When creating the perfect MIG gun there is a lot for you to consider. From what torch to select to what gas to use, you need to determine which is best for your application.
So in this article, we are going to discuss:
What is shielding gas?
Types of gas
What gas is used for MIG Welding?
Consumables to select
Let’s dive in!
What Is Shielding Gas?
MIG welding with shielding gases produces cleaner and faster welds and removes the need to frequently stop to replace electrodes like you would in stick welding. Reduced clean-up and increased efficiency also come with using shielding gases, but it helps to understand the role these gases play in the welding process, as well as what gas is used for MIG welding and their specific properties.
The main intent of using a shielding gas is to avoid exposing the molten weld pool to the oxygen, hydrogen, and nitrogen in the air around you. Various problems can arise from the reaction of these elements in the weld pool, including excessive spatter, and holes in the weld bead, known as porosity, that results in weaker welds.
Technically, when carbon dioxide or oxygen is used, it is no longer MIG, or Metal Inert Gas, welding. It is then MAG, or Metal Active Gas, welding. This is because neither carbon dioxide nor oxygen is an inert gas. MIG welding utilizes inert shielding gases, such as helium or argon, whereas MAG uses active gases instead.
Types of Gas
The choice of gas depends on several factors, including the type of metal being welded, the desired welding characteristics, and cost considerations. Welding procedures and industry standards provide guidelines for selecting the appropriate gas or gas mixture for a specific welding application.
Inert gases, such as argon and helium, do not readily react with external elements like oxygen and nitrogen. They are chemically stable and provide excellent shielding properties in welding. Argon is the most commonly used inert gas in welding applications due to its affordability and effectiveness.
Helium, although more expensive, is sometimes used for specific applications that require higher heat input. Inert gases create a stable arc, minimize spatter, and protect the weld pool from atmospheric contamination, resulting in high-quality welds.
Active gases, also known as reactive gases, have the ability to react with external elements during the welding process. These gases can affect various aspects of welding, including arc stability, weld penetration, and spatter generation. Active gases are typically used with ferrous metals like steel.
Carbon dioxide (CO2) is a common example of an active gas used in welding. When used in small quantities, it can enhance weld penetration and increase the welding speed. However, excessive use of active gases can lead to issues such as increased spatter and decreased weld quality.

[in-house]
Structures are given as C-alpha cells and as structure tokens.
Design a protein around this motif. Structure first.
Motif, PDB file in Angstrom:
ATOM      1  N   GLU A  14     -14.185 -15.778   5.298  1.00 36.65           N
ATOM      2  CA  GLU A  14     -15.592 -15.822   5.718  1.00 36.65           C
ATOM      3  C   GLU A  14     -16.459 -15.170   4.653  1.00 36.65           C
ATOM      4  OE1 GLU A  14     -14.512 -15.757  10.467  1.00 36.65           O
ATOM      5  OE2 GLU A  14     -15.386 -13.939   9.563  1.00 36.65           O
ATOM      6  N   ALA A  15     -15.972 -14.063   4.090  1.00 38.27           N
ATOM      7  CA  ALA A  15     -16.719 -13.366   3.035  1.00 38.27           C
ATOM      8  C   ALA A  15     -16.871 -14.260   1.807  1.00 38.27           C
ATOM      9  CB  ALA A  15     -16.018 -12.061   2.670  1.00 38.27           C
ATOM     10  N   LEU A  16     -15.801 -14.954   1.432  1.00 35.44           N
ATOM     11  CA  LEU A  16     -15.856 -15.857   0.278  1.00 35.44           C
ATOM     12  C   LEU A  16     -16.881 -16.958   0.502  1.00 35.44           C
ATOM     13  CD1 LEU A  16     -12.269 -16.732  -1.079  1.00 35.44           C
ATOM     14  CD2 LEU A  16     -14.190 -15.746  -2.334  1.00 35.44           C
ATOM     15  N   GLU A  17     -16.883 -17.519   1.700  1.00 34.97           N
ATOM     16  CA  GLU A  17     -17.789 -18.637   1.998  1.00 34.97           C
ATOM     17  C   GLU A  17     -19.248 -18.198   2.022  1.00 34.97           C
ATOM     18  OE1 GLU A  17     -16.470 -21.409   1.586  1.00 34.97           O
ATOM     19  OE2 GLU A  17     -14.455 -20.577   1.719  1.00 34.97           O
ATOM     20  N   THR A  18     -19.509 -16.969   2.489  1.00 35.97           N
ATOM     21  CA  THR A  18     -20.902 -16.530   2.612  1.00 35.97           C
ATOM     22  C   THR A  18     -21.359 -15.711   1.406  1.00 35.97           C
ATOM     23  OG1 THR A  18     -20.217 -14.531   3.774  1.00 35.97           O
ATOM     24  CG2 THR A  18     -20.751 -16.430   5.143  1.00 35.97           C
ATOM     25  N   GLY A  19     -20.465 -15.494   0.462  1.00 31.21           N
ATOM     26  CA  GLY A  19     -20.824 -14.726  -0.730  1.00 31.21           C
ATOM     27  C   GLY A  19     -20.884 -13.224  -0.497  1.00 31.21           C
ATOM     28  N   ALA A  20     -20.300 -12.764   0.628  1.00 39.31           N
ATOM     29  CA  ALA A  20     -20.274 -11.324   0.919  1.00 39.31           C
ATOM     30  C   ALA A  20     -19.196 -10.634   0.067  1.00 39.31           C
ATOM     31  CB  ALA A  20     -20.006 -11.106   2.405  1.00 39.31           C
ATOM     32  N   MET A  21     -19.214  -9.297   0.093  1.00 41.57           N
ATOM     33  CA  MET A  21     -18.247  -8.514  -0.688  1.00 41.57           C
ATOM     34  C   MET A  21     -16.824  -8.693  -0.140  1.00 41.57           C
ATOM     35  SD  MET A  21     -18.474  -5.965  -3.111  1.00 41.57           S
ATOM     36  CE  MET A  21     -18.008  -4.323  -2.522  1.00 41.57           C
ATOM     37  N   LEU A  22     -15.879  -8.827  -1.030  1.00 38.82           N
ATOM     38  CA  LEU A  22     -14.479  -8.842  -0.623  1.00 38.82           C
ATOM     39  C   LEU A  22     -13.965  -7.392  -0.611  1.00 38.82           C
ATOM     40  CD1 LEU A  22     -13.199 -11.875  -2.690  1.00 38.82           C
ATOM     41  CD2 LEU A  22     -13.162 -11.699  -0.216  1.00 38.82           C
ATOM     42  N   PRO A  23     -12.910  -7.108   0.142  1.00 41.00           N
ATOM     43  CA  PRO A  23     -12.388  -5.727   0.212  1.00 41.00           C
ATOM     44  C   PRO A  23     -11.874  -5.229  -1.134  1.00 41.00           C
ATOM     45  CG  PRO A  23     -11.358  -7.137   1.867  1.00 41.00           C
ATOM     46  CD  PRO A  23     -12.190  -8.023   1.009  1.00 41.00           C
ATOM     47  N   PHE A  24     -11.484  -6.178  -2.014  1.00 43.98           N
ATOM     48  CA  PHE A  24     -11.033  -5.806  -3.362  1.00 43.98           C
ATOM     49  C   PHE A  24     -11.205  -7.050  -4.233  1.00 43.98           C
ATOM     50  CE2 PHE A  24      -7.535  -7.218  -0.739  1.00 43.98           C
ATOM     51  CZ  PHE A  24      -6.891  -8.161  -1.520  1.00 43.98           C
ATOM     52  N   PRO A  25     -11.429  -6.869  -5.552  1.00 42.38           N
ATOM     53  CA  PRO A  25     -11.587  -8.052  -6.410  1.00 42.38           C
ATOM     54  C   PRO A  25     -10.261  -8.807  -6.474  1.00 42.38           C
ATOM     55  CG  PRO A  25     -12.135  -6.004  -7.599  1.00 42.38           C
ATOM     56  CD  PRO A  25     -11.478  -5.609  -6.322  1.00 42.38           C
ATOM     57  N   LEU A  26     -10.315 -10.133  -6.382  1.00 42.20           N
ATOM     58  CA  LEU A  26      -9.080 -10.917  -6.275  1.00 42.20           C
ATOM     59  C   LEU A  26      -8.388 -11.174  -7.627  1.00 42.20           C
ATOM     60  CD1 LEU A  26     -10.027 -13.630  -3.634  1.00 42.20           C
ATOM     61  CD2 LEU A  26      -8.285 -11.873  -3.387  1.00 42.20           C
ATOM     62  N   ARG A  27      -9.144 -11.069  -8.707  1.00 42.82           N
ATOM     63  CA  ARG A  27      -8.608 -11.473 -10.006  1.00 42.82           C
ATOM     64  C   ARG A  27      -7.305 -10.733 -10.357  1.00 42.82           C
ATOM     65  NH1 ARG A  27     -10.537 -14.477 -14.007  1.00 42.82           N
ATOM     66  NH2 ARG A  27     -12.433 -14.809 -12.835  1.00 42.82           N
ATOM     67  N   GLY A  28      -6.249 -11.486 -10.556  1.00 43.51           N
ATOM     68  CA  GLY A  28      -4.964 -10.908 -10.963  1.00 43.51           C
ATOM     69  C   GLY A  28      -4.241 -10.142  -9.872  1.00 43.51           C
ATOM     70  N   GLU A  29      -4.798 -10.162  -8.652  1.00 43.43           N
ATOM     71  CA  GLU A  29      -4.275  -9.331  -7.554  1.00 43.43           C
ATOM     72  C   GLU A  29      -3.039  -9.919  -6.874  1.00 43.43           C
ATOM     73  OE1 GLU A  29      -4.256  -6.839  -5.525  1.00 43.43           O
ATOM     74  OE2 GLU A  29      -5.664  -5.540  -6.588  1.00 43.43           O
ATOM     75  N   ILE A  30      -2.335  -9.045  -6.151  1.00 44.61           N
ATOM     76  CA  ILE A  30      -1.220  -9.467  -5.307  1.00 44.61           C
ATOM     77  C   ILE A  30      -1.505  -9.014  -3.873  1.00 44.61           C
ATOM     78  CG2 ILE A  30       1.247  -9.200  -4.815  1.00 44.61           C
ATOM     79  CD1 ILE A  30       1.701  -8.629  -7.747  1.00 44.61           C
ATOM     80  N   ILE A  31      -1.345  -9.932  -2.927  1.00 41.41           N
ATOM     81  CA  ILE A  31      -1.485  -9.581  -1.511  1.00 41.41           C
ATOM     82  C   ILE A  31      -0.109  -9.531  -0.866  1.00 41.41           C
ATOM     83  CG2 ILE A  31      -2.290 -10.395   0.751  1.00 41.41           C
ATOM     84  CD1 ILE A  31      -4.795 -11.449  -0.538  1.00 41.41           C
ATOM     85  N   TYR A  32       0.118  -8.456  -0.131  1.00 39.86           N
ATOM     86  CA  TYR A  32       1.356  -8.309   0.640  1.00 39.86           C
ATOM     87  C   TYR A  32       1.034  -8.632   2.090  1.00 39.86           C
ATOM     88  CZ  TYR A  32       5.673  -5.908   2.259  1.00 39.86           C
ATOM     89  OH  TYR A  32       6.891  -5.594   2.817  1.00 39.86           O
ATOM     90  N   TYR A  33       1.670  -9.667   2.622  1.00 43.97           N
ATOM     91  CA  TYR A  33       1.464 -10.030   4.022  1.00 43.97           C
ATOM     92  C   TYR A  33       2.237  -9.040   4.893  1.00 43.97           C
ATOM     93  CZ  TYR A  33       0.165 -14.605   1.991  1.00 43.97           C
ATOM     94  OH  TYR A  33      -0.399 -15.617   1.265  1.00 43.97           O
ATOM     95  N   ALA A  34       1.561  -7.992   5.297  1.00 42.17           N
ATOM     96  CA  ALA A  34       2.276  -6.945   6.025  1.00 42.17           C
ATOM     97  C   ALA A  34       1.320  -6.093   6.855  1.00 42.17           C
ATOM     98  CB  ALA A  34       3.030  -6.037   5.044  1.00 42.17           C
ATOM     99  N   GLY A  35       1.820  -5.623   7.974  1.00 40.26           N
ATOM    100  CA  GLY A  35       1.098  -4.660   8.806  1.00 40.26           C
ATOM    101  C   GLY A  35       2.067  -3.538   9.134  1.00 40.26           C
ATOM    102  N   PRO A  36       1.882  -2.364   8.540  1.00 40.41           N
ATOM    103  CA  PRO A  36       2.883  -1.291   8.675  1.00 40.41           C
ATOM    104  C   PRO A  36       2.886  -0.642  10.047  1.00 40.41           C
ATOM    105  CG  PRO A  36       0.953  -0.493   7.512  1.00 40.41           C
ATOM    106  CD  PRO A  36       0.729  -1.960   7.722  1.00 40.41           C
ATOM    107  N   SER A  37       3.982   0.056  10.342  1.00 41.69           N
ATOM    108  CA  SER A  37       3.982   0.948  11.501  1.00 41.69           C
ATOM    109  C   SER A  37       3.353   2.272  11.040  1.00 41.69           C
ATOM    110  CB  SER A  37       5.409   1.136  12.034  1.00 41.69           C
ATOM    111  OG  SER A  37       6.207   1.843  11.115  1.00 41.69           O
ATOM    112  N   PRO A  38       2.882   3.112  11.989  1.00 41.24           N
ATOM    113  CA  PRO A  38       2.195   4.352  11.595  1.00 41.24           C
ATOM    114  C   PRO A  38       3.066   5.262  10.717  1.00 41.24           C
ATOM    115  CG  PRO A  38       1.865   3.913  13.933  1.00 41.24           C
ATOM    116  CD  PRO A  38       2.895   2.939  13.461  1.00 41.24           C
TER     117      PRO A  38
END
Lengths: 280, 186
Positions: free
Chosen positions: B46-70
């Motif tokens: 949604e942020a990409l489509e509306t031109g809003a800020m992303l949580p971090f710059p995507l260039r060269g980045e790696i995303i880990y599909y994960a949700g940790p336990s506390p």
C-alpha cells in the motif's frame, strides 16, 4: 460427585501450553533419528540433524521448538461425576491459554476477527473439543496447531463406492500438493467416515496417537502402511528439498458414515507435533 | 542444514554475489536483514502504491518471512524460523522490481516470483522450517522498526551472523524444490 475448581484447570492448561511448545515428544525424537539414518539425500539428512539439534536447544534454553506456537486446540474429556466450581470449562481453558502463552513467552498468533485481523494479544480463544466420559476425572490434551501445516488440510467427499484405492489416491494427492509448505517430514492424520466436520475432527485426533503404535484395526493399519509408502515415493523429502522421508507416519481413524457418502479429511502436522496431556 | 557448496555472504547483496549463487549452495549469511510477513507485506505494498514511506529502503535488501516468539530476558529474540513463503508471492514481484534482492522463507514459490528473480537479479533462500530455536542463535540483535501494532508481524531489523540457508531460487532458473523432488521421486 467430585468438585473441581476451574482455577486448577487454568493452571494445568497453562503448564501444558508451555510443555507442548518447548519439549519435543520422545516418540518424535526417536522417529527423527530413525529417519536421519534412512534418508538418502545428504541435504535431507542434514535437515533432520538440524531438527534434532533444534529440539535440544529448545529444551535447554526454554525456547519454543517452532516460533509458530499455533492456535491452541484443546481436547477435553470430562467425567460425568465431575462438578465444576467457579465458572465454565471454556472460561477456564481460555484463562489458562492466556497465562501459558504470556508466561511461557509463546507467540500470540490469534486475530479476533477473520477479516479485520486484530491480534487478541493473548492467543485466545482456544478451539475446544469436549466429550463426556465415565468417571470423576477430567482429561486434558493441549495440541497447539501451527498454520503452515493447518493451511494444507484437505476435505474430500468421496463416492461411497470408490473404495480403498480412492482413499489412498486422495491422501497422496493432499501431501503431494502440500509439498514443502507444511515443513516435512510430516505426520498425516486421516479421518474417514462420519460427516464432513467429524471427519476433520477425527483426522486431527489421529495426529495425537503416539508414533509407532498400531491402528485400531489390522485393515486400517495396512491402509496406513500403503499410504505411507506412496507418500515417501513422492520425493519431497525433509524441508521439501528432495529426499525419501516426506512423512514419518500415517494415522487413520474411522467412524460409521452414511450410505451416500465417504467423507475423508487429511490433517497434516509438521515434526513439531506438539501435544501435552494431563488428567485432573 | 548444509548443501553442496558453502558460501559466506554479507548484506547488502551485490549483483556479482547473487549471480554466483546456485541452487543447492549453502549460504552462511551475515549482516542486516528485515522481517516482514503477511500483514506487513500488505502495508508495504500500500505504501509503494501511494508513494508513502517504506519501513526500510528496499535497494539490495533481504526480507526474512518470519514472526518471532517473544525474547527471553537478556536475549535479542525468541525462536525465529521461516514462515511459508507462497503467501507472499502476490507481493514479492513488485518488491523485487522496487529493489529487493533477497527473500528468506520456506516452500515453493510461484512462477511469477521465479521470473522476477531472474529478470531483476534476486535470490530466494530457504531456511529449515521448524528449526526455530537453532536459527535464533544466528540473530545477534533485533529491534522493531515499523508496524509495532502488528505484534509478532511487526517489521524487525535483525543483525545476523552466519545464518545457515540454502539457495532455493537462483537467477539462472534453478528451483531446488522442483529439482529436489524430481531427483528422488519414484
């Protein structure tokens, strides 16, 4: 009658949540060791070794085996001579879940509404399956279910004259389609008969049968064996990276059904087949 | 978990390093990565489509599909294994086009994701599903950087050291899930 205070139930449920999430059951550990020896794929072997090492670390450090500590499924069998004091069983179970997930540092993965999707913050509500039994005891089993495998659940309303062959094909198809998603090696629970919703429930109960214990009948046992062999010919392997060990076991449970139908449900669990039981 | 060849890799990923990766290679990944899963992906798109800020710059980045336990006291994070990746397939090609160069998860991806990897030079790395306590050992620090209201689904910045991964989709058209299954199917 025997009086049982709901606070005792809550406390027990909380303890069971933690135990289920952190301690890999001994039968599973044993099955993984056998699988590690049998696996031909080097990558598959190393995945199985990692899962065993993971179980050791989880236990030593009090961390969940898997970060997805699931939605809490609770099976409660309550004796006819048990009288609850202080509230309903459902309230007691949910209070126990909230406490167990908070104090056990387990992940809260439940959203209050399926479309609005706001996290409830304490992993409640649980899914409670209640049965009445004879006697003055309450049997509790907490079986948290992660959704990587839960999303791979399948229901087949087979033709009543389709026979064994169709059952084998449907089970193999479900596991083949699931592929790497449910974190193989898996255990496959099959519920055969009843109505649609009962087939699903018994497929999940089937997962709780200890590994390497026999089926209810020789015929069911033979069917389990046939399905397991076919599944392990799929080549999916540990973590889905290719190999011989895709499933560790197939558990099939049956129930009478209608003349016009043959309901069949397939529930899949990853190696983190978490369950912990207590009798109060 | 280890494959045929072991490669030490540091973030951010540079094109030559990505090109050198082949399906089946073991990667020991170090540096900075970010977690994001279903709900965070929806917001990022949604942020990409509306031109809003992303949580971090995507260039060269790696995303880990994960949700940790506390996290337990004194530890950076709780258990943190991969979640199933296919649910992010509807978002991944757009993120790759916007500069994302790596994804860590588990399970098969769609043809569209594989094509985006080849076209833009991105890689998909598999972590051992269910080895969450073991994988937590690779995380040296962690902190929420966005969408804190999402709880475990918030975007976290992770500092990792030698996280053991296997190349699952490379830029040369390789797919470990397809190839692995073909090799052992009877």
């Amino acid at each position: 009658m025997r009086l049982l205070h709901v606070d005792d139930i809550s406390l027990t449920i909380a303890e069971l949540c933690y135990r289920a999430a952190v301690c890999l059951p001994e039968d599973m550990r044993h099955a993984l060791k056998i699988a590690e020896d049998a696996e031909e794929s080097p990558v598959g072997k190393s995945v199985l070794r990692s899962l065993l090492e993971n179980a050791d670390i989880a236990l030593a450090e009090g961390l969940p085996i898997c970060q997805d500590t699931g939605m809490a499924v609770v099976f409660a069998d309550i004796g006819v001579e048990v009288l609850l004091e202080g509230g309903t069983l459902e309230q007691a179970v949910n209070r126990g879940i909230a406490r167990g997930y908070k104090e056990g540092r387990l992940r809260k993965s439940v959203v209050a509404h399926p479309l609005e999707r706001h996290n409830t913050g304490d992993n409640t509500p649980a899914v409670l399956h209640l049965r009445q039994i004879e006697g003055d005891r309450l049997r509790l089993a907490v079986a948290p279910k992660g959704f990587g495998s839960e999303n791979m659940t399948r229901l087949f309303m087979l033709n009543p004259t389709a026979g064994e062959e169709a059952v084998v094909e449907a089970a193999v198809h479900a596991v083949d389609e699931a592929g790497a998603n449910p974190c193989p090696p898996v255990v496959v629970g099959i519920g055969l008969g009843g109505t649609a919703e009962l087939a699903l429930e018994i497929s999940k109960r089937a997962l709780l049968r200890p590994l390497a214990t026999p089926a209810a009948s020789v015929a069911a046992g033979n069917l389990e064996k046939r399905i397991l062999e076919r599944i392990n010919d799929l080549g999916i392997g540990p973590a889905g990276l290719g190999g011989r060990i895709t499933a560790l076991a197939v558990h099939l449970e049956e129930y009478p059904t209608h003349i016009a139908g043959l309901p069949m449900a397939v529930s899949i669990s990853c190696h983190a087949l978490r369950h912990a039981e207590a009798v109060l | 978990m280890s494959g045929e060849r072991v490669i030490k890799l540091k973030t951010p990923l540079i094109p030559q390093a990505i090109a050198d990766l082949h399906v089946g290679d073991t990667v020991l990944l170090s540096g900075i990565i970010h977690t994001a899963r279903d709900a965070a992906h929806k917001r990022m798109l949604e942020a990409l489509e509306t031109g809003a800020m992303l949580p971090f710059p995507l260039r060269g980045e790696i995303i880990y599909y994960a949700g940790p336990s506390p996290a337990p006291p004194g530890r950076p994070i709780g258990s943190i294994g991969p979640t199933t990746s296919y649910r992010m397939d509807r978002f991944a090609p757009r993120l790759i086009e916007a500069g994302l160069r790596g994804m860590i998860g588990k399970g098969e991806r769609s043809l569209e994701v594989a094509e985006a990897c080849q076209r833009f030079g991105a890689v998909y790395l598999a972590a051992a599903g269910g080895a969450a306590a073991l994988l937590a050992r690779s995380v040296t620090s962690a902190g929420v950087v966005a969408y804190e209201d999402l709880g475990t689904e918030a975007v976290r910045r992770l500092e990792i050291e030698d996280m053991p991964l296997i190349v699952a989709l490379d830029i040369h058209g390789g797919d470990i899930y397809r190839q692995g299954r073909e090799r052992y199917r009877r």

Semi-inert gases, like carbon dioxide, exhibit properties of both inert and active gases. They partially react with the weld pool and external elements, making them classified as active gases. Carbon dioxide is commonly used as a shielding gas in welding, often in combination with argon. Keep reading to learn more about how it is used in MIG welding.
Choosing the Right Gas: What Gas is Used for MIG Welding?
Different gases play different roles in the welding process, from weld penetration to arc stability to the finished weld itself. Choosing the consumables that provide continuous and even gas delivery is also a very important aspect to consider in your MIG welds.
Be sure to evaluate your project goals in order to select the right gas for the weld at hand. Things to keep in mind when selecting include:
What preparation entails
The base material you’ll be welding
The finished weld properties
What needs to be done for post-weld clean-up
The four most common shielding gases used in MIG welding are carbon dioxide, argon, oxygen, and helium. Each has its unique benefits, and drawbacks, in any given implementation.
Of course, it is always a good idea to consult with your supplier for recommendations on gases that match the welding wire you’ll be using. You can even consult with the wire’s manufacturer for suggestions too. They will most likely provide several options, ranging from the best gas option to gas that will provide the minimum acceptable welds, as well as their prices. However, your MIG welder may have an electrode and gas recommendation guide on the inside panel which will provide you with a list of several options.
Carbon Dioxide (CO2)
CO2 is, by far, the most common and is one of the only gases that can be used in its pure form without needing the addition of inert gas, such as argon or helium. Because of this, CO2 is the most cost-effective option and a good choice if project costs are a priority.
Pure CO2, also known as 100% CO2, provides a deep weld penetration, making it handy when needing to weld thick materials. That being said, pure CO2 is limited to only the short circuit welding process and produces a less than stable arc as well as more spatter than when it is combined with other gases (also known as ‘mixed gases’).
Pure CO2 is good for projects where the aesthetics of the weld are either not important, or the weld cannot be seen, such as on the underside of a car. Post weld clean-up is also a little more involved.
Argon allows for narrower penetration, which is handy for butt and fillet welds. It also boasts a smooth and relatively fluid arc. If you are going to be welding non-ferrous metals, like titanium, aluminum, or magnesium, you’ll need to use pure argon. Mix argon with hydrogen, helium, or oxygen. This helps intensify arc characteristics and aid in metal transfer.
Mixed Argon Gases
If weld quality and aesthetics are important, mixed gases are good to use. You have several options that vary from between 75-95% argon to 5-25% CO2. Argon is an inert gas, meaning it does not readily react with other substances, while carbon dioxide is a semi-inert gas. The combination of these gases creates an effective shielding gas that protects the weld zone from atmospheric contamination.